- Singapore-based blockchain platform Zilliqa launched a SocialPay campaign.
- It paid Twitter users $ZIL to tweet about Zilliqa during a 72-hour period last week.
- Metrics site LunarCRUSH reported significantly increased activity for Zilliqa as a result.
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Last week, enterprise-centric blockchain app platform Zilliqa launched its SocialPay campaign, putting up 500,000 $ZIL (about $3,500 at the time) in rewards for users who tweeted about the service.
By all indications, it worked. On Thursday, after the 72-hour pilot campaign concluded, social media metrics site LunarCRUSH showed $ZIL atop its Top 5 AltRank chart, which is based on “outstanding social activity plus exceptional price performance vs. Bitcoin plus rising trading volume.”
The ranking showed a rise of more than 25% in price against Bitcoin, pacing $ZIL ahead of the likes of Matic Network, Nano, DigiByte, and Eletroneum.
Similarly, a post from data analytics startup Flipside Crypto at TheStreet dubbed Zilliqa the “cryptocurrency of the week” and highlighted growth in terms of its Fundamental Crypto Asset Score (FCAS), user activity, developer behavior, and market maturity.
“With everyone locked up at home, this easy way to make pocket money proved immensely popular,” wrote Flipside Crypto. “Not only that, but the tactic is actually very powerful for spreading awareness of Zilliqa, and for making a programming language for developers called Scilla more widespread.”
There’s clear cause and effect here: Zilliqa offered to pay out its cryptocurrency for people to tweet about it, and people tweeted about it, thus yielding increased activity. Zilliqa reports that there were nearly 80,000 tweets during the SocialPay campaign, along with engagement from more than 35 million Twitter users.
On one hand, the idea of paying users to tweet about your blockchain service and juice the price of its cryptocurrency might be unnerving. It may appear to be an easy way to fake a large and thriving community if one is only really there for the free rewards.
On the other hand, it recalls PayPal’s early referral program, dubbed a “legendary growth hack,” which generated immense daily growth at a cost of $20 per user ($10 each for the referrer and new user). It helped make PayPal a financial services juggernaut.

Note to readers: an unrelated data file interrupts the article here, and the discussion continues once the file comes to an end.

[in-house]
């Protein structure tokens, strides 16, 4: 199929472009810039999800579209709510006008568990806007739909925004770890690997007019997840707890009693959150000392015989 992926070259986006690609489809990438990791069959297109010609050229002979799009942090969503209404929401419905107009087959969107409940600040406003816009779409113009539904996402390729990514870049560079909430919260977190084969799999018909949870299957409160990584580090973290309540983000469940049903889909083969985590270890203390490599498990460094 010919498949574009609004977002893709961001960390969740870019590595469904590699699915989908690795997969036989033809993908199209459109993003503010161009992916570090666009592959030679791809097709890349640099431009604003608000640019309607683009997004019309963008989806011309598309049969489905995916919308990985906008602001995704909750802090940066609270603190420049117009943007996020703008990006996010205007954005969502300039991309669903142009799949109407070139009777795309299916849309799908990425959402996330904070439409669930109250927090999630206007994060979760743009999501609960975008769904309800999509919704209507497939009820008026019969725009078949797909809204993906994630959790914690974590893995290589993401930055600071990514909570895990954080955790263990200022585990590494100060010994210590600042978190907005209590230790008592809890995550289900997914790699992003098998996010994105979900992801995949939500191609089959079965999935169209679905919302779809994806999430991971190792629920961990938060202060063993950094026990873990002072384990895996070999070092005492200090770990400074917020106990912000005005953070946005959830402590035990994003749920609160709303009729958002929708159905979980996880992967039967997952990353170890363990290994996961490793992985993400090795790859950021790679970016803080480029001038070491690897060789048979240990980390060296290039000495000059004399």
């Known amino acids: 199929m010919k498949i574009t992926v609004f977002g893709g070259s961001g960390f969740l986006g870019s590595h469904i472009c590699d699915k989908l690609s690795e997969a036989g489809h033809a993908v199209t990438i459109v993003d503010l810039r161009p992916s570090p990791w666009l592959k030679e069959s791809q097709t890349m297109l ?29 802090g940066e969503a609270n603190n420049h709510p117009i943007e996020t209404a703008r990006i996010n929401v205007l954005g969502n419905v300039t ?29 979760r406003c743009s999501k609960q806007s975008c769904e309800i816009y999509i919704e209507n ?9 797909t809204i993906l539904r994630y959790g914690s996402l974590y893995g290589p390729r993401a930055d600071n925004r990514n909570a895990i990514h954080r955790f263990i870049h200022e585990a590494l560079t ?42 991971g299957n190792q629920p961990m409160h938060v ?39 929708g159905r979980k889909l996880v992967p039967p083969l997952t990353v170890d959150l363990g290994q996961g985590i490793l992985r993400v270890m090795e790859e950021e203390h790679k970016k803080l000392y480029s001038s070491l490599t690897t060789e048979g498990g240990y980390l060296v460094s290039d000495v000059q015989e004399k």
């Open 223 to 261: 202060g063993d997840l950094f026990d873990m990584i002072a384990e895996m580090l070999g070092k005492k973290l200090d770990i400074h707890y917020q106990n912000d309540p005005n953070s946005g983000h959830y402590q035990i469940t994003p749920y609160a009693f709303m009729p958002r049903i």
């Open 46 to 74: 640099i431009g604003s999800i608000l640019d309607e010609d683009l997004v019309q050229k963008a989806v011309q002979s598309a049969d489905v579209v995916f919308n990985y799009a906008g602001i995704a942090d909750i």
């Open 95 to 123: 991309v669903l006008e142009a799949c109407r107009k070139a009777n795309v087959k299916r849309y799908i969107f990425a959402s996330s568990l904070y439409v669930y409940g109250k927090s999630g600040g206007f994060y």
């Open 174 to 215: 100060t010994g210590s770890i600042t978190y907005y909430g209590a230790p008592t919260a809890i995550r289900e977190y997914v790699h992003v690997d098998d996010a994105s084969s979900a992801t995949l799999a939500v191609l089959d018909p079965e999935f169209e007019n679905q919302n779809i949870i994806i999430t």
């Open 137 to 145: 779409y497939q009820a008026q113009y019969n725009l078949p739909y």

Zilliqa registered its 4 millionth blockchain transaction last week (since its mainnet launch in January 2019), less than two months after hitting the 3 million mark, so it’s not like the Singapore-based sharding blockchain popped up out of nowhere to build a bunch of buzz around its cryptocurrency.
The real question is whether the short-term hubbub around the SocialPay campaign will translate into sustainable, long-term growth.
"We feel that SocialPay massively underpins Zilliqa's recent major push into the peer-to-peer incentivization economy where people can be rewarded for doing positive things with their content on social media platforms,” Zilliqa head of marketing Colin JG Miles told Decrypt.
"At Zilliqa, we’re fortunate to have an incredibly supportive community across our owned channels. While we have initiatives in place to encourage developers looking to build on the network, we wanted to give back to the wider community and find ways to better engage them."
Zilliqa also recently launched a “Tipping Bot” called Zeeves on Telegram and saw “similar ‘spiky’ success,” said Miles. He added that the SocialPay mechanism had been built and tweaked over the course of more than a year before last week’s campaign, and that Zilliqa sees potential to not only expand upon its functionality but also let other companies harness the tech.
“Its sustainability as an initiative is down to a couple of things: one, how many brands and agencies wish to use the platform for their own creative user acquisition campaigns; and two, how many incremental features can be added to provide greater depth of 'impact' on the communities that use it,” said Miles. “As such, we think that a future focus on both financial inclusion and Corporate Social Responsibility (CSR) initiatives will be a very important way to prove its value to humanity and not just as a 'growth hack' to drive insane user numbers.”
Editor's note: This article was updated to include comments from Zilliqa head of marketing Colin JG Miles.